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Jackson's Benjamins

Hollywood's premier moneymaker doesn't always want to play the lead

John Anderson is a freelance writer.

March 10, 2005

Samuel L. Jackson is the biggest movie star in the world.

"That's true," he says, eyebrows arching slightly - in that wry, the-other-shoe's-about-to-drop sort of way he has with a line of dialogue, even if it's spontaneous.

The fact is, says Jackson, that the films of Samuel L. Jackson have made more money than anyone else's in the world. On the strength of "The Incredibles" (in which Jackson voices the cooler-than-cool Frozone), he says, he passed Harrison Ford and has kept right on going.

Right now, says, Jackson, he's the $6-billion man.

"Well, it's one of those kind of things I didn't know people kept up with, but apparently somebody does," said Jackson, whose caramel suit, vanilla ribbed top and shaved-head, bronze self sitting down for an interview made for a long, tall masterpiece of earth tones.

Don't look back, Harrison

"So when I was doing the new 'Star Wars,' George Lucas told me, 'You know, you're $150 million away from passing Harrison Ford on the all-time grossing list.' 'Really?' 'Yeah. Could be when we finish 'Star Wars' you'll be number one' - not knowing that 'The Incredibles' was about to come out. I guess George was thinking he'd be the one, but 'The Incredibles' kind of put me over the top.

"So now with two more great big movies ready to come out - 'XXX' and 'Star Wars' [sequels] - I might be uncatchable."

Again, Jackson delivers his line with both bravado and mischief and a tone that dares you to pick one. He's never been what you'd call user-friendly, not on screen or off. In fact, if there's one angle that seems clear about Jackson, it's that he's less about angles than edges. He can do comedy - he can be very funny - but the dude is serious.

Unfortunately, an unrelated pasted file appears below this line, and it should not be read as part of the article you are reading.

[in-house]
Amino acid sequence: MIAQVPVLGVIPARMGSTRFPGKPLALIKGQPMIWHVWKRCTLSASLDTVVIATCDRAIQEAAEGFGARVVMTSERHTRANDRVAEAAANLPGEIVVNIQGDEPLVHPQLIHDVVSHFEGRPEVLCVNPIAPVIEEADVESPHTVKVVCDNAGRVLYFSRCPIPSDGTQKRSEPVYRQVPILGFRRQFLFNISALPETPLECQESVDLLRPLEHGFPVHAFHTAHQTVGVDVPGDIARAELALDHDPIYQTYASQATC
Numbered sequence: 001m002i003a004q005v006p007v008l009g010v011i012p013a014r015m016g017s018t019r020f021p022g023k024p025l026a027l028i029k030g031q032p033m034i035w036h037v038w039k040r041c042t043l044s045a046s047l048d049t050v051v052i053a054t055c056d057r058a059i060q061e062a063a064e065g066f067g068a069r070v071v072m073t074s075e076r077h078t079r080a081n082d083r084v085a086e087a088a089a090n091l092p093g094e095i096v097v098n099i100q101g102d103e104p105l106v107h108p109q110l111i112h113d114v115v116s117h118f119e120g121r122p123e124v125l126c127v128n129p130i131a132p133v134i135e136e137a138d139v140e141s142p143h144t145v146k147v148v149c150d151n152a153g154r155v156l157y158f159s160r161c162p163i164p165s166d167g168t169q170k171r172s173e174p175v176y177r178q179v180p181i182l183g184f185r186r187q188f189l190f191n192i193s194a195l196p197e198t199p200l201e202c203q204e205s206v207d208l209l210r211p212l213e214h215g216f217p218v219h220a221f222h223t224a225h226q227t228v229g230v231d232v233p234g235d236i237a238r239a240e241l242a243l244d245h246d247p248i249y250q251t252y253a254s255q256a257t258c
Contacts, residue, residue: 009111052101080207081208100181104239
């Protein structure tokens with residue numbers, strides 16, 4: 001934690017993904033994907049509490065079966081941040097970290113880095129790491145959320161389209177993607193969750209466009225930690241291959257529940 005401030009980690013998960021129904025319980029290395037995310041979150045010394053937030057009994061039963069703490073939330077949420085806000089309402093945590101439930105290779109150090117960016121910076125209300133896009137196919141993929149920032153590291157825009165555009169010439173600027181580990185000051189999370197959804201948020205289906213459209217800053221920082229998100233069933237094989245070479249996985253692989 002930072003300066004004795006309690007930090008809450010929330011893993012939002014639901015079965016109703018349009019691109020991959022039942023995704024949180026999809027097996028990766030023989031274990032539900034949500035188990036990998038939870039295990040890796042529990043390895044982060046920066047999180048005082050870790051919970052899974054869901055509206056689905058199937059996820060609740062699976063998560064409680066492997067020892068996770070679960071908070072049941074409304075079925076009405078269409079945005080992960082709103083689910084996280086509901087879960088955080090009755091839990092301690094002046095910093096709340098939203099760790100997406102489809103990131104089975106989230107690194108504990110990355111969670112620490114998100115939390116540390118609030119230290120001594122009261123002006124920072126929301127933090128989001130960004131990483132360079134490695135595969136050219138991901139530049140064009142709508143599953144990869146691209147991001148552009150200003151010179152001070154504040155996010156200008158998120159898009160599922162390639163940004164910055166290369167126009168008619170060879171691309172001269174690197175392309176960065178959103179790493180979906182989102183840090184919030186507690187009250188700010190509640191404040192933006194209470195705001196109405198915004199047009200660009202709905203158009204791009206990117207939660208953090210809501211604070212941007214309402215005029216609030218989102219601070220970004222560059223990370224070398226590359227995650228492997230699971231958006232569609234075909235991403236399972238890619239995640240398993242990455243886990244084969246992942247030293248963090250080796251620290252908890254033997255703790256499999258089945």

Picking his roles

And it comes through in his choice of roles. The latest to be hitting the screen is that of Langston Whitfield, the Washington Post reporter who marches boldly - and, as Jackson puts it, cluelessly - into South Africa in John Boorman's "In My Country." The film, which opens tomorrow, is set in the immediate post-apartheid '80s, at the beginning of the vaunted Truth and Reconciliation Commission hearings designed to heal the reborn nation's racial wounds. It co-stars Juliette Binoche as poet and radio commentator Anna Malan (based on South African writer Antjie Krog, on whose work the film is based) and is part historical drama, part love story - emphasis, perhaps, on the latter.

Loving Juliette

"I've sat and watched Juliette and fallen in love with her in about five different movies," Jackson said of his co-star, "but you never know when you walk into a situation how it's going to work. But we made an immediate connection as artists, which was great, and then we connected as people, and then we became really great friends. So it became easy for us to go into these scenes and these situations and see that these are two people who did connect, who have a need to be connected."